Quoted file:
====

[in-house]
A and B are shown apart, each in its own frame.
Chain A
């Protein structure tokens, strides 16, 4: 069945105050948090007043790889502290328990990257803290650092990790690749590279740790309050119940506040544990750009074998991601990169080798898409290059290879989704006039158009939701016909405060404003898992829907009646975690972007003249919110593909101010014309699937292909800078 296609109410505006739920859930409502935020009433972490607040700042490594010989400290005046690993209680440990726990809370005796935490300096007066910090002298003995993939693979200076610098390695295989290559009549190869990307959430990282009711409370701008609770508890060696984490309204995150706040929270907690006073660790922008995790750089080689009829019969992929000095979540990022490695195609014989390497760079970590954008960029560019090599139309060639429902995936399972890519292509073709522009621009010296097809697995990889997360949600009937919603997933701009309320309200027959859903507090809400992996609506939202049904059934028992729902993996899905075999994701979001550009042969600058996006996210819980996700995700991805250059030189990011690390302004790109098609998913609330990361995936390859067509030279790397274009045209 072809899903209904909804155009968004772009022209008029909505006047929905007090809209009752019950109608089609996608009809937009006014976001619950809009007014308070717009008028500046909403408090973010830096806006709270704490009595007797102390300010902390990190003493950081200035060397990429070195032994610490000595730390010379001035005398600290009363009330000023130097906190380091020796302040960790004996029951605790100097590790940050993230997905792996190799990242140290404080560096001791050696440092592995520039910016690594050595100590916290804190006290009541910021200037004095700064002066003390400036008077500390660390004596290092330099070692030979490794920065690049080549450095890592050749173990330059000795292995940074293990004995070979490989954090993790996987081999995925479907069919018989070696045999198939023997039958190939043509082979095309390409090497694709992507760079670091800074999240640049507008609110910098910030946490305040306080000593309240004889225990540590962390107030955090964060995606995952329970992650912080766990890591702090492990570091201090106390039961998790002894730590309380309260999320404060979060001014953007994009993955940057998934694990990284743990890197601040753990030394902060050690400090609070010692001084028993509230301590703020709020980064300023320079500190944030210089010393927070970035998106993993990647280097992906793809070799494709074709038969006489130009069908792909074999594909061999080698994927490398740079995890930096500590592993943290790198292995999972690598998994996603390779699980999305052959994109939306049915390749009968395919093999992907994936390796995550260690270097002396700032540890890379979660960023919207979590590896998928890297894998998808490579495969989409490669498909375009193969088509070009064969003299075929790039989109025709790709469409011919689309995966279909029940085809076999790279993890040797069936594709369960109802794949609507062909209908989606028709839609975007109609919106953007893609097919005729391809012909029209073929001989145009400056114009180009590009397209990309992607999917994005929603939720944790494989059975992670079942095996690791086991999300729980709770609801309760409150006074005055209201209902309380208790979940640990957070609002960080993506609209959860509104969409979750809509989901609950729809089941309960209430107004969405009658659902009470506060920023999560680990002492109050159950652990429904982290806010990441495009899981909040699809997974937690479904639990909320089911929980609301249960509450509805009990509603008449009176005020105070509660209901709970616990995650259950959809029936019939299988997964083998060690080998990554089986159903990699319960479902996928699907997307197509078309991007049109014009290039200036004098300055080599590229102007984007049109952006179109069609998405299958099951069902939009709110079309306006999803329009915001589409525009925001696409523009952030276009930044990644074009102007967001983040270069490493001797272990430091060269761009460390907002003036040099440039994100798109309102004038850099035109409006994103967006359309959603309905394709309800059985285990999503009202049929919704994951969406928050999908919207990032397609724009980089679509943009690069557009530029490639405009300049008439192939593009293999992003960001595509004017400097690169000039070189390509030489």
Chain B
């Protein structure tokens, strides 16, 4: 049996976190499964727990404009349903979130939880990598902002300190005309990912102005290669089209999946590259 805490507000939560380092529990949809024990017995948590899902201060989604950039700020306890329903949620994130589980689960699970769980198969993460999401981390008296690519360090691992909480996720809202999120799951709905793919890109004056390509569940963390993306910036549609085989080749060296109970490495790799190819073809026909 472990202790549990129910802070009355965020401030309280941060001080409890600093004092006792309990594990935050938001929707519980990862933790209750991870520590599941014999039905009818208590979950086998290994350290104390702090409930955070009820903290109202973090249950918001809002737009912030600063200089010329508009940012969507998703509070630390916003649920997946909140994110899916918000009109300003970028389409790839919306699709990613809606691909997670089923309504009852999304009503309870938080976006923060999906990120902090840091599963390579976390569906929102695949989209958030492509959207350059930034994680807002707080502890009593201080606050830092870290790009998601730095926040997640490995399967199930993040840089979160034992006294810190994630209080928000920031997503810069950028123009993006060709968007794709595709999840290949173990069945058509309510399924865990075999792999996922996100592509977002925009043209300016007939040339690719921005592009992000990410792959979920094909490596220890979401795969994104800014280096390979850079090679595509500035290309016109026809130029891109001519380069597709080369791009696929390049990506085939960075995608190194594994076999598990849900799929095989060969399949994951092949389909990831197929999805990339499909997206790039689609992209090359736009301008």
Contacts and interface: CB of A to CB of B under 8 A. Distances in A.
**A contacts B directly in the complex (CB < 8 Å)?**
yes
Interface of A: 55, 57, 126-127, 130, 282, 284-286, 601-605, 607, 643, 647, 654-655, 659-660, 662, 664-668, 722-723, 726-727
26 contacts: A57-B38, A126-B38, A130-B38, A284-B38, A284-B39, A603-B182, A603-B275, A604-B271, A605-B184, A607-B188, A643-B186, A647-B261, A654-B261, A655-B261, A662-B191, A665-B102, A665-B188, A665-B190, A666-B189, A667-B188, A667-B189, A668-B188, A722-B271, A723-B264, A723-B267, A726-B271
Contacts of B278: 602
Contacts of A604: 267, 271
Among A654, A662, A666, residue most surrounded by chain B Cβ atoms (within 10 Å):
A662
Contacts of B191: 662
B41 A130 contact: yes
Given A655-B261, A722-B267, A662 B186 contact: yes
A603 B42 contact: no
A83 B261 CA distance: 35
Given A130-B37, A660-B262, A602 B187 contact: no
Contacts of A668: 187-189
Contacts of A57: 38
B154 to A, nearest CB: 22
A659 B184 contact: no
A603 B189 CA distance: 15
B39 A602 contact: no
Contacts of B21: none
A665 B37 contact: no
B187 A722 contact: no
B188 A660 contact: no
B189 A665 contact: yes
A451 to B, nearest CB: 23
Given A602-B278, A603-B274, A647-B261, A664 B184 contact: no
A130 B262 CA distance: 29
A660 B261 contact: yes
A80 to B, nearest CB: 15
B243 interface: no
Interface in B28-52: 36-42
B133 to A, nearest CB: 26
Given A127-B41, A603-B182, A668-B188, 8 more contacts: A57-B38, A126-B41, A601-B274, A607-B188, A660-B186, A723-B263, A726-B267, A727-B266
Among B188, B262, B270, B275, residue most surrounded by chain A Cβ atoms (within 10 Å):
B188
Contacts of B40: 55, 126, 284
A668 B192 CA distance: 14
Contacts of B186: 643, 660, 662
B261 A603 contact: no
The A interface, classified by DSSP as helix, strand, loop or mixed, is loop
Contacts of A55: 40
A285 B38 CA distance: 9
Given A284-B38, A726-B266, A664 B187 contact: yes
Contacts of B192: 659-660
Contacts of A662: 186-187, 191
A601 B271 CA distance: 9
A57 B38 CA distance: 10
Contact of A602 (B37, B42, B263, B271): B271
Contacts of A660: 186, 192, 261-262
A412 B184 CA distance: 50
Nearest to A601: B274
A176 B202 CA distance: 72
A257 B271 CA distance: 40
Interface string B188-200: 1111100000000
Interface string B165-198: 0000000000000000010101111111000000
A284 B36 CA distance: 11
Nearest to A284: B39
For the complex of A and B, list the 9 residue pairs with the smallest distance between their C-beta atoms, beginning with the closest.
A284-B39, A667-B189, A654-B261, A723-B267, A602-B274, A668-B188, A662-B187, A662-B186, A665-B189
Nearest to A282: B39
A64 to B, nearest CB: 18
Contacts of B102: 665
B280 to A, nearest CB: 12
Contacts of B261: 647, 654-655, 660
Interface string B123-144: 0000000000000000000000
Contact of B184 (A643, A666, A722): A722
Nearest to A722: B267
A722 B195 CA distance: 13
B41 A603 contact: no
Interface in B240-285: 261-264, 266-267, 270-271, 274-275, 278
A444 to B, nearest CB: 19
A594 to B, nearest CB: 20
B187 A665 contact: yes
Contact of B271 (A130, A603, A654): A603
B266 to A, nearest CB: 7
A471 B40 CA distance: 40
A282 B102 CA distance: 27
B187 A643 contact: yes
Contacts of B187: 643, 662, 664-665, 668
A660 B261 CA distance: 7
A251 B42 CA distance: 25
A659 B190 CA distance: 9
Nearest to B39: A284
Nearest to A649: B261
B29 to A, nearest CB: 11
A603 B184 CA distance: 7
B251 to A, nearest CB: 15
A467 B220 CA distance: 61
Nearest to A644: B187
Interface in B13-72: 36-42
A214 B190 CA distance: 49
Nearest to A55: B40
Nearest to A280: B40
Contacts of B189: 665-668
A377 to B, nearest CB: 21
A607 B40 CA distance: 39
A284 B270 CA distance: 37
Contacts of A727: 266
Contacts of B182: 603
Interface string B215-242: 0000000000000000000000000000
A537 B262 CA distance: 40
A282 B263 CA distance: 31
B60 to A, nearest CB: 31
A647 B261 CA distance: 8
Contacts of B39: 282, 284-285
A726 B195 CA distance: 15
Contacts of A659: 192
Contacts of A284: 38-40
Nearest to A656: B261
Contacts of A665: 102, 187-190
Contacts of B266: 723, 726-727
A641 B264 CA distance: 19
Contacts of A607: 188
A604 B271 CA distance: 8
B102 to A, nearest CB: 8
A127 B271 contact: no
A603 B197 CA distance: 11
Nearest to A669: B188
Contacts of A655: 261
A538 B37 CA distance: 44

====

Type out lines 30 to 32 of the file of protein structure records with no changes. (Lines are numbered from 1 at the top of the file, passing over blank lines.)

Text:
B187 A722 contact: no
B188 A660 contact: no
B189 A665 contact: yes